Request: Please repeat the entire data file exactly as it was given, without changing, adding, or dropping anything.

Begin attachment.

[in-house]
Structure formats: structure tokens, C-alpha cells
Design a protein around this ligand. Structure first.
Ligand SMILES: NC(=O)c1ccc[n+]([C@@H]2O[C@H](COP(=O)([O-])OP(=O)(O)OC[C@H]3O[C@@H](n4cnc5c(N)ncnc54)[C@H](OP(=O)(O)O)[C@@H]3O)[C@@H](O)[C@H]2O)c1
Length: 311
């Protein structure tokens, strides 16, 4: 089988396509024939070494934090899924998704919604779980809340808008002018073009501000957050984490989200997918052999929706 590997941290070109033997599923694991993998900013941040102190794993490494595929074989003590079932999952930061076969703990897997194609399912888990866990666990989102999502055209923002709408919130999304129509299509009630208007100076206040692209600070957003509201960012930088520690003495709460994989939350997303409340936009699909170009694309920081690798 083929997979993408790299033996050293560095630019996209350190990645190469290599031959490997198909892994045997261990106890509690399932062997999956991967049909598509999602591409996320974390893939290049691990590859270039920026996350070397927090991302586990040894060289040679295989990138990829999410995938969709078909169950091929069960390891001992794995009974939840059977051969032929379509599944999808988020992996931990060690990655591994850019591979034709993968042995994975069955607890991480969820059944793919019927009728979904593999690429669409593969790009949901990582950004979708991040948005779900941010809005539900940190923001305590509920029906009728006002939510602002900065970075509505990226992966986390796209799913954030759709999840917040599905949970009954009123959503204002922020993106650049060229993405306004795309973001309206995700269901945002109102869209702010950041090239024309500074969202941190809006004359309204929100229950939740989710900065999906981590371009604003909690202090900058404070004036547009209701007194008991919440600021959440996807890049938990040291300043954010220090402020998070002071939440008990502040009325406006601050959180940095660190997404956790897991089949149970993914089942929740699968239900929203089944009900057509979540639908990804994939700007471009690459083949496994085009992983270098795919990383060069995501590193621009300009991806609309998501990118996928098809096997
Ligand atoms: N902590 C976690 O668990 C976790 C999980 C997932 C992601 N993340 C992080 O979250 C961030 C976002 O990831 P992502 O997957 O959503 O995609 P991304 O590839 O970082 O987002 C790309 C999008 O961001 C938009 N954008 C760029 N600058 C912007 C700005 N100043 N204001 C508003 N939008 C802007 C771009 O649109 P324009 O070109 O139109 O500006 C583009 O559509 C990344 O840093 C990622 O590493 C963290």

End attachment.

[in-house]
Structure formats: structure tokens, C-alpha cells
Design a protein around this ligand. Structure first.
Ligand SMILES: NC(=O)c1ccc[n+]([C@@H]2O[C@H](COP(=O)([O-])OP(=O)(O)OC[C@H]3O[C@@H](n4cnc5c(N)ncnc54)[C@H](OP(=O)(O)O)[C@@H]3O)[C@@H](O)[C@H]2O)c1
Length: 311
């Protein structure tokens, strides 16, 4: 089988396509024939070494934090899924998704919604779980809340808008002018073009501000957050984490989200997918052999929706 590997941290070109033997599923694991993998900013941040102190794993490494595929074989003590079932999952930061076969703990897997194609399912888990866990666990989102999502055209923002709408919130999304129509299509009630208007100076206040692209600070957003509201960012930088520690003495709460994989939350997303409340936009699909170009694309920081690798 083929997979993408790299033996050293560095630019996209350190990645190469290599031959490997198909892994045997261990106890509690399932062997999956991967049909598509999602591409996320974390893939290049691990590859270039920026996350070397927090991302586990040894060289040679295989990138990829999410995938969709078909169950091929069960390891001992794995009974939840059977051969032929379509599944999808988020992996931990060690990655591994850019591979034709993968042995994975069955607890991480969820059944793919019927009728979904593999690429669409593969790009949901990582950004979708991040948005779900941010809005539900940190923001305590509920029906009728006002939510602002900065970075509505990226992966986390796209799913954030759709999840917040599905949970009954009123959503204002922020993106650049060229993405306004795309973001309206995700269901945002109102869209702010950041090239024309500074969202941190809006004359309204929100229950939740989710900065999906981590371009604003909690202090900058404070004036547009209701007194008991919440600021959440996807890049938990040291300043954010220090402020998070002071939440008990502040009325406006601050959180940095660190997404956790897991089949149970993914089942929740699968239900929203089944009900057509979540639908990804994939700007471009690459083949496994085009992983270098795919990383060069995501590193621009300009991806609309998501990118996928098809096997
Ligand atoms: N902590 C976690 O668990 C976790 C999980 C997932 C992601 N993340 C992080 O979250 C961030 C976002 O990831 P992502 O997957 O959503 O995609 P991304 O590839 O970082 O987002 C790309 C999008 O961001 C938009 N954008 C760029 N600058 C912007 C700005 N100043 N204001 C508003 N939008 C802007 C771009 O649109 P324009 O070109 O139109 O500006 C583009 O559509 C990344 O840093 C990622 O590493 C963290």